1. Department of Justice Increases Corporate Enforcement Personnel for Sanctions and Export Controls

NSD has reportedly increased its personnel responsible for corporate compliance with national security laws in recent months.  In March, Deputy Attorney General Lisa Monaco announced that NSD would be hiring a Chief Counsel for Corporate Enforcement.[3]  The new role will lead investigations and prosecutions of corporate entities related to sanctions and export control laws, FARA, and other national security offenses.  As of late July, DOJ has not filled this role or announced the name of the incoming Chief Counsel.

In addition, NSD is hiring 25 attorneys to investigate and prosecute sanctions evasion, export control violations, and similar economic crimes.  This adds significantly to the size of the office and increases NSD’s ability to undertake investigations and quickly address self-disclosure by companies.

  1. Bureau of Industry and Security Establishes 60-Day Fast Track System for Minor and Technical Infractions

Last June, BIS implemented a dual-track system to handle self-disclosures.  Those that involve minor or technical infractions are resolved within 60 days of final submission with either a warning or a no action letter.  If a violation is potentially more serious, the BIS Office of Export Enforcement (“OEE”) will undertake a longer investigation to determine whether enforcement action is warranted.  In April, Assistant Secretary for Export Enforcement Matthew Axelrod stated that the dual-track system had not increased the amount of VSDs, but had given OEE more resources to effectively investigate more serious violations.[4]  Moreover, Axelrod encouraged companies to consider VSDs for more significant violations, highlighting the available penalty reductions, including the possibility of a fully suspended penalty.[5]

  1. Bureau of Industry and Security Heightens Consideration of Compliance Policies and Practices

In the same April memorandum, BIS clarified its treatment of aggravating and mitigating factors under its enforcement guidelines.[6]  Deliberate nondisclosure of a significant possible violation will be considered an aggravating factor under the enforcement guidelines.  Moreover, the existence, nature, and adequacy of a company’s compliance program can be an aggravating factor when the program enables companies to “self-blind” and choose not to do an internal investigation.  On the other hand, a high-quality compliance program is treated as a mitigating factor.  Moreover, BIS can mitigate penalties if an entity submits a tip to OEE when it becomes aware that another party is potentially violating the Export Administration Regulations and the tip leads to an enforcement action.  A disclosing entity receives credit for tips if it faces an enforcement action itself in the future, no matter whether the action is related to its tip or not.  In effect, companies are able to bank goodwill with BIS in the event of a future potential violation.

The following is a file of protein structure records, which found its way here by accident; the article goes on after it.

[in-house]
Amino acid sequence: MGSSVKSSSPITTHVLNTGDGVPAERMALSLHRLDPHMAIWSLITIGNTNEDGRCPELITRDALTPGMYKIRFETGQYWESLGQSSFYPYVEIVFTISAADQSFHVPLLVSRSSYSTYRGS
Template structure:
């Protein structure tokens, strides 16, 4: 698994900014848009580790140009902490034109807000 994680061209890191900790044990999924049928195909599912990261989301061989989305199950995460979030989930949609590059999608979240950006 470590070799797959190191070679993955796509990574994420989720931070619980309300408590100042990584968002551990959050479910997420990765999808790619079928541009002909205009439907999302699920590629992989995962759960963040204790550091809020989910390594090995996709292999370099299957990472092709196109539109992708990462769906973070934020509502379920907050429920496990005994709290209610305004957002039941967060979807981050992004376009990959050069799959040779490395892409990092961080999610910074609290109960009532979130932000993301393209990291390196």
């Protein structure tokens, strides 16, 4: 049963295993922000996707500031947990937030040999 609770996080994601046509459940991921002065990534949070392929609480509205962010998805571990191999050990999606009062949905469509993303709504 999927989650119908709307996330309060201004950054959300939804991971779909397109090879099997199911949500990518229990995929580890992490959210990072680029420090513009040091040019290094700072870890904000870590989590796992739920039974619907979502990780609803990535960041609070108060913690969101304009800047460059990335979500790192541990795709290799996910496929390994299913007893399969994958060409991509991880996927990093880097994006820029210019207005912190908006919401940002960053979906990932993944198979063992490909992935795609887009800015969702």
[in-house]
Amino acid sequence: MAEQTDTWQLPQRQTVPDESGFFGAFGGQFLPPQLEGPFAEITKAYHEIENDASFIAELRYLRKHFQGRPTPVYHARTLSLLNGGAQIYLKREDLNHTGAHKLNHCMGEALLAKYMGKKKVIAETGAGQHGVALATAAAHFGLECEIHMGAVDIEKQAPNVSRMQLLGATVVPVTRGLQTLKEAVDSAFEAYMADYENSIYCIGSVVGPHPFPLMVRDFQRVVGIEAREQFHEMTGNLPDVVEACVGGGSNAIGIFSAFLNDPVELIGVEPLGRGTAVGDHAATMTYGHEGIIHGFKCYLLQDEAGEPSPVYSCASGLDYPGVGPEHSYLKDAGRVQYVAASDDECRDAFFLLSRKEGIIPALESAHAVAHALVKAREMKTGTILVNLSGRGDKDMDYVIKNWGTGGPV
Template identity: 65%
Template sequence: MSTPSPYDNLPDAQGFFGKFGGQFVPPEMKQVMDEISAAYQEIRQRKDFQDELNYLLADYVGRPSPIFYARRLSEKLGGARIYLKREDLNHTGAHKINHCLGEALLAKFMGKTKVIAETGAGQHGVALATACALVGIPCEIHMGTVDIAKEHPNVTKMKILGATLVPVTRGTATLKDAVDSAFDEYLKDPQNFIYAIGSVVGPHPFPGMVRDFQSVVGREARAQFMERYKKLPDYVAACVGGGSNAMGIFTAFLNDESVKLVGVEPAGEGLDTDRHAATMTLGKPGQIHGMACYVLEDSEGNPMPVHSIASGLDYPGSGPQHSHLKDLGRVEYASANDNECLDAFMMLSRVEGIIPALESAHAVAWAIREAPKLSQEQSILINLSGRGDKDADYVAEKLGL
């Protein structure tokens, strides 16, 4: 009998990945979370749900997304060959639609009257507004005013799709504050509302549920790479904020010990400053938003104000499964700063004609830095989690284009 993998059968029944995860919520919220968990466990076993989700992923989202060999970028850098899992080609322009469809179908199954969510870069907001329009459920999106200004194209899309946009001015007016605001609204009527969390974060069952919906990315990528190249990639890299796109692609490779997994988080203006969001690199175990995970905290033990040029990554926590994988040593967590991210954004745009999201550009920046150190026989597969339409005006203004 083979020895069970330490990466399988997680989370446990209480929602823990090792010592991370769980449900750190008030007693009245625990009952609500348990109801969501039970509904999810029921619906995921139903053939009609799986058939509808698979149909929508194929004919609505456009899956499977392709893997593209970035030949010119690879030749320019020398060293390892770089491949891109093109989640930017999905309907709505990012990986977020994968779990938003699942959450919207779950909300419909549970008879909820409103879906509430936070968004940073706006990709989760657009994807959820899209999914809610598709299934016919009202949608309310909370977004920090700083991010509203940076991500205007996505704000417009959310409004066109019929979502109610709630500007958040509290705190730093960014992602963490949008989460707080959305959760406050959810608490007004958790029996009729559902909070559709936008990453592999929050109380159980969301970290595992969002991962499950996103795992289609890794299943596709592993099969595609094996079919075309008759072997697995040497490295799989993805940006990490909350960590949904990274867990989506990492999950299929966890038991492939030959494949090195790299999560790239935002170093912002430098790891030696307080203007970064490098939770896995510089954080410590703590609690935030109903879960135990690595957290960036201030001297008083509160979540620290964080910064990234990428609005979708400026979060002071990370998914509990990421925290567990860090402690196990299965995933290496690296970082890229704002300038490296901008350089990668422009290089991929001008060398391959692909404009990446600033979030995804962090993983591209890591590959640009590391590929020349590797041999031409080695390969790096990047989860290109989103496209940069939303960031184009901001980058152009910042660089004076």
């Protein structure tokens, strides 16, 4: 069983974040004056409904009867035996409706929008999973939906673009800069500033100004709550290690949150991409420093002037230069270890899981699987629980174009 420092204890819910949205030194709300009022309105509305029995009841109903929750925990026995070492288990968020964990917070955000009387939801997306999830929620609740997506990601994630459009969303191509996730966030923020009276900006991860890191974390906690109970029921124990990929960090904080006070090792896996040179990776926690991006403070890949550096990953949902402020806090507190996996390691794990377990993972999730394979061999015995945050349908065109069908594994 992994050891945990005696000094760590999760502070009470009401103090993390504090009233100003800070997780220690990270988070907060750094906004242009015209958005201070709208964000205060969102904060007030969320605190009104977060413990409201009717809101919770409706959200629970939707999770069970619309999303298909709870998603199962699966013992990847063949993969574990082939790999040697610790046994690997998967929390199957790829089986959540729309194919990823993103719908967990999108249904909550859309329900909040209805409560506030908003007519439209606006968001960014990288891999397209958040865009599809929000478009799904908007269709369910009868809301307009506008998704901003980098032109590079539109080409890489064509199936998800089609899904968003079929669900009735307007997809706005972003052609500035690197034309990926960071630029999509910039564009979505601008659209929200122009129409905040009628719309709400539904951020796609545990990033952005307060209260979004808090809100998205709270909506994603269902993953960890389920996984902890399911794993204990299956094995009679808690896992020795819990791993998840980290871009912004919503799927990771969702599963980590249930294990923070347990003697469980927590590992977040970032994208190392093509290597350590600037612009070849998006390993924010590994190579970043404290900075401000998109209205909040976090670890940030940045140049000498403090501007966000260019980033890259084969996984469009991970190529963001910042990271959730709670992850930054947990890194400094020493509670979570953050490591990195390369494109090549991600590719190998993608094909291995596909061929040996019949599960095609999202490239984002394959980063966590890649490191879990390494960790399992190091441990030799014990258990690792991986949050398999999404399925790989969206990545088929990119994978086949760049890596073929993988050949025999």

While these changes are meant to encourage companies to voluntarily report any violations of law, navigating the disclosure process remains complex.  The increased cooperation and personnel in enforcement bolsters the capacity of DOJ, BIS, and OFAC to engage in enforcement actions, but also to quickly address and provide confidence to entities that may have engaged in minor violations of sanctions or export control laws.  When companies have no obligation to report violations of sanctions and export controls laws, they should consult counsel and consider the pros and cons of a disclosure, including the factors described above.

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[1]       Voluntary Self-Disclosure of Potential Violations, Dept. Commerce, Treasury, Justice (July 26, 2023),  Additionally, on March 2, 2023, the same inter-department group issued the Tri-Seal Compliance Note, Cracking Down on Third-Party Intermediaries Used to Evade Russia-Related Sanctions and Export Controls, available at:

[2]       NSD Enforcement Policy for Business Organizations, Dept. Justice (March 1, 2023), available at

[3]       Deputy Attorney General Lisa Monaco Delivers Remarks at American Bar Association National Institute on White Collar Crime, Dept. Justice (March 2, 2023),

[4]       Matthew Axelrod, Memorandum: Clarifying Our Policy Regarding Voluntary Self-Disclosures and Disclosures Concerning Others, Dept. Commerce (April 18, 2023), available at

[5]       Id.

[6]       Id.; 15 C.F.R. § 766 Supplement No. 1 (describing BIS enforcement guidelines).